- Installation: You will need more cables to connect your receiver and subwoofer. It will be harder to hide them.
Differences Between Active vs Passive Subwoofer
Our experts will go into greater detail about the build and makeup of active and passive subs now that you have a better understanding of the differences.
As mentioned, the primary difference between active and passive subwoofers comes down to the internal power source. This can be either an amplifier, receiver, or both.
A powered subwoofer can be configured to perfectly work with your home theater speakers. It is easy to find the right cables, source the components you need, and match the power handling outputs of active subwoofers to external amplifiers.
Because there are fewer components, it is easier to set up and requires fewer cables to power the subwoofers.
Passive subwoofers, on the other hand, do not come with a power source. This can be a problem for people who don’t know much about these speakers but it allows users to have more control over the entire system and opens up possibilities for customization.
Passive subwoofers require more components and require a more complex setup to work. Therefore, more cables are required.
The power output level of your home theater speaker system is crucial to its performance. Because of the number of components inside a powered subwoofer, it requires more power to function. One passive subwoofer will require less power than a home theater speaker system.
Although the single passive sub is less powerful, it requires more work to source the external amplifier. Before you decide on the right amplifier, make sure it is compatible with your home theater setup.
Design and Installation
There are pros and cons in both passive and active subwoofer setups. A powered subwoofer is often used in home theaters that have only one subwoofer. These subwoofers are built to maximize low-frequency effects (LFE) channels. This will usually result in better bass quality.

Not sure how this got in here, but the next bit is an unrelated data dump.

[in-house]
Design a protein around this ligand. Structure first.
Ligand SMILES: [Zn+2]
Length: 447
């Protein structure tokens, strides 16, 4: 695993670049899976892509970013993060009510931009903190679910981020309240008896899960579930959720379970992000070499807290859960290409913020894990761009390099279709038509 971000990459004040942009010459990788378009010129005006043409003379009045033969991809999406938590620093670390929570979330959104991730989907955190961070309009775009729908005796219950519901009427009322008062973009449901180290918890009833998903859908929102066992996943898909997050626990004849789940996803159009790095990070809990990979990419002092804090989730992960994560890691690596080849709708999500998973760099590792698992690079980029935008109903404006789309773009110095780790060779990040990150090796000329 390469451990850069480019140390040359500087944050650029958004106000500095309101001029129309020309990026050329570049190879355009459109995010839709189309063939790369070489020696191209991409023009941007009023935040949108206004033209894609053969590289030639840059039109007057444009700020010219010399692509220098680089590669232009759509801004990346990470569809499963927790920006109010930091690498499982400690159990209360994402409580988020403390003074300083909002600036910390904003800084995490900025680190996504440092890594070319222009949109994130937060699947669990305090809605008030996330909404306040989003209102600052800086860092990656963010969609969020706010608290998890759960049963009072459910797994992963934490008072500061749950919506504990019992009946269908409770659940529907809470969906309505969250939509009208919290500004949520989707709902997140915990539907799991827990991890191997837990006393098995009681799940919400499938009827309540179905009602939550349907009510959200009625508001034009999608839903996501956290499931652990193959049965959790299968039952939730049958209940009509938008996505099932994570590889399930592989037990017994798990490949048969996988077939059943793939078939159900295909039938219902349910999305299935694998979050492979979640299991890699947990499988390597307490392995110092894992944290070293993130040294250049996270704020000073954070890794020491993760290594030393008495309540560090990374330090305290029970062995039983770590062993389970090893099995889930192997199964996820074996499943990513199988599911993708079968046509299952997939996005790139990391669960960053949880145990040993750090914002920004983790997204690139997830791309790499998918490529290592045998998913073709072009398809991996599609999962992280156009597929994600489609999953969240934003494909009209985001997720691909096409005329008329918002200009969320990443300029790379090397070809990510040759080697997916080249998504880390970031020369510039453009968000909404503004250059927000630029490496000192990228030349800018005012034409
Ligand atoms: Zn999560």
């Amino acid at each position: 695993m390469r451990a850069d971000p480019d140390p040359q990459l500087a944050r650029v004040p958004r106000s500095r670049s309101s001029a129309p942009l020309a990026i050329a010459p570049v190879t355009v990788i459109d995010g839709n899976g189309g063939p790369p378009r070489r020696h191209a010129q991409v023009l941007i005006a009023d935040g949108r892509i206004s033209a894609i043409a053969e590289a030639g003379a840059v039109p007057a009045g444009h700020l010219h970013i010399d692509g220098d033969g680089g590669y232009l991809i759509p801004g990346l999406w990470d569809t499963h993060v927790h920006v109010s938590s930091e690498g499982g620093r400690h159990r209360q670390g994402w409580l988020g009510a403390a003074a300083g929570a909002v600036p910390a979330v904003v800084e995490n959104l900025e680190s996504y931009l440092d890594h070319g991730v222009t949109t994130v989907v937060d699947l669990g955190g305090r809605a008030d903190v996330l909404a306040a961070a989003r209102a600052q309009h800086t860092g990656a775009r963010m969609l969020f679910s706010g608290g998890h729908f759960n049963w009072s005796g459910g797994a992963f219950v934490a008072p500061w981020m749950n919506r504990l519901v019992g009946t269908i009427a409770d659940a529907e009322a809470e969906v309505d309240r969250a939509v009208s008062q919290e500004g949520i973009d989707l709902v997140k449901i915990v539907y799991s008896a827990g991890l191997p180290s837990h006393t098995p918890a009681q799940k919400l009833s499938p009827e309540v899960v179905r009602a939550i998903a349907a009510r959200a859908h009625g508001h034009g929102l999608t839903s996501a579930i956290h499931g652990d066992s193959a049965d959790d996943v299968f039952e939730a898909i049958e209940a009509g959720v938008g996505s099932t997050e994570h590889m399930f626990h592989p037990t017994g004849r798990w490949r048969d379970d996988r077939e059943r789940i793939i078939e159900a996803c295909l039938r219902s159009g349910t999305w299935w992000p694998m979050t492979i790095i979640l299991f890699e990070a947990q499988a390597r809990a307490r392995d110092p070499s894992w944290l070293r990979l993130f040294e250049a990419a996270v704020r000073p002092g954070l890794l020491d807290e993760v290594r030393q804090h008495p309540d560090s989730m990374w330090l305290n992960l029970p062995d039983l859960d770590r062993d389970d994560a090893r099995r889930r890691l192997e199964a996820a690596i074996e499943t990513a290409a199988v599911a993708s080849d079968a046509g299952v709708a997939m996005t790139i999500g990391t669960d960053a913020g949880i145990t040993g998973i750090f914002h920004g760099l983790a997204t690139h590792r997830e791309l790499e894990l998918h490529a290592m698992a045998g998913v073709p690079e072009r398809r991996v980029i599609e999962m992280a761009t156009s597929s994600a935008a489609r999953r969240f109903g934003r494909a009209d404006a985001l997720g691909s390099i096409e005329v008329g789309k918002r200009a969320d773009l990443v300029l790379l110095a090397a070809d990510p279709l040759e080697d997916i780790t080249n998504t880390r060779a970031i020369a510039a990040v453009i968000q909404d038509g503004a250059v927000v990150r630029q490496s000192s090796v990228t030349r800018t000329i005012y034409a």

The active subwoofers take up less space than passive subwoofers and are usually smaller. You can move them around freely to find the perfect spot in your space. Active subwoofers tend to be heavier due to the higher number of components. Some active subs are included in our top subwoofers below 500 that can provide powerful, low-frequency bass and sound to your room.
The cables for powered subwoofers can be placed further away from TV receivers, amplifiers, or TVs, as they are only for audio.
Passive home theater subwoofers can, however, be larger and give you greater control over the whole system. Because they are designed to output subwoofer speakers, they are compatible with most receivers and amplifiers.
The passive subwoofer is the best option if you have multiple subwoofers in your speakers.
This was also briefly mentioned in the beginning. The passive sub is cheaper than the other options, but the price can skyrocket when you consider all the components that will be required to make your home theatre a success. Our experts believe that the passive sub will have a smaller impact on your electricity bill, which can help balance the cost.
Although active subwoofers are more expensive, this is a cost that comes with the convenience. For example, the best-seller subwoofer speaker below 200 already contains everything you need, so you don’t have to search for additional parts. They require higher wattage which can lead to higher utility bills.
The passive subwoofers don’t have the same quality sound as active ones. Active subwoofers also produce a higher quality sound. You will get the best sound quality and audio quality because they are optimized for LFE.
When choosing a subwoofer, whether it is powered or passive, our team advises that you don’t look at its price. It is important to consider the quality of low frequency sounds it can produce and which option will best suit your needs and setup.
Both passive and powered subwoofers offer hard-line connections via the speaker output. This allows you to connect passive and powered subwoofers with amplifiers and receivers, as well as other devices.
Your subwoofer might be able to convert to wireless connectivity as wireless technology is becoming more common. Wireless connectivity is only possible for active subwoofers. You can also buy wireless options on the market.
A wireless kit can be added to passive subwoofers in order to make them wireless. This will enable your subs to connect with your system without the need for cables to run on the ground.